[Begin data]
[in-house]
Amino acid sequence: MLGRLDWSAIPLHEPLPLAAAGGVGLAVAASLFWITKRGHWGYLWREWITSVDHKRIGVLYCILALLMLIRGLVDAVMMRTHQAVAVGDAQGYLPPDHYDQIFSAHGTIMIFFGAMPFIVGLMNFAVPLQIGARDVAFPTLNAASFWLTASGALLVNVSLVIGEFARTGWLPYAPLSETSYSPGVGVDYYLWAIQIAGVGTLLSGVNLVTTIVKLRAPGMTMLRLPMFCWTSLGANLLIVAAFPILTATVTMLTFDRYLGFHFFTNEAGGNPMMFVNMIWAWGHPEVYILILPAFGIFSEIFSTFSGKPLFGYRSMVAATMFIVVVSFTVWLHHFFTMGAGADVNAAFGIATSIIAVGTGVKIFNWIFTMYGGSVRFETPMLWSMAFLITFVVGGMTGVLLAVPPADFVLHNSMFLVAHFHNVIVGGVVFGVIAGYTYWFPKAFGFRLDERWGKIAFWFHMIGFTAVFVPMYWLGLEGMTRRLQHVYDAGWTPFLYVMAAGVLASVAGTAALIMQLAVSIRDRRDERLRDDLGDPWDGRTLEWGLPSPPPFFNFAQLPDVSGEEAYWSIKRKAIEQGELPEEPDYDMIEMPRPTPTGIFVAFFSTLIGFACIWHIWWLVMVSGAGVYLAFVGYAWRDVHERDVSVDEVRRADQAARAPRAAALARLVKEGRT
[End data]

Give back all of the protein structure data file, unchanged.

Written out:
[in-house]
Amino acid sequence: MLGRLDWSAIPLHEPLPLAAAGGVGLAVAASLFWITKRGHWGYLWREWITSVDHKRIGVLYCILALLMLIRGLVDAVMMRTHQAVAVGDAQGYLPPDHYDQIFSAHGTIMIFFGAMPFIVGLMNFAVPLQIGARDVAFPTLNAASFWLTASGALLVNVSLVIGEFARTGWLPYAPLSETSYSPGVGVDYYLWAIQIAGVGTLLSGVNLVTTIVKLRAPGMTMLRLPMFCWTSLGANLLIVAAFPILTATVTMLTFDRYLGFHFFTNEAGGNPMMFVNMIWAWGHPEVYILILPAFGIFSEIFSTFSGKPLFGYRSMVAATMFIVVVSFTVWLHHFFTMGAGADVNAAFGIATSIIAVGTGVKIFNWIFTMYGGSVRFETPMLWSMAFLITFVVGGMTGVLLAVPPADFVLHNSMFLVAHFHNVIVGGVVFGVIAGYTYWFPKAFGFRLDERWGKIAFWFHMIGFTAVFVPMYWLGLEGMTRRLQHVYDAGWTPFLYVMAAGVLASVAGTAALIMQLAVSIRDRRDERLRDDLGDPWDGRTLEWGLPSPPPFFNFAQLPDVSGEEAYWSIKRKAIEQGELPEEPDYDMIEMPRPTPTGIFVAFFSTLIGFACIWHIWWLVMVSGAGVYLAFVGYAWRDVHERDVSVDEVRRADQAARAPRAAALARLVKEGRT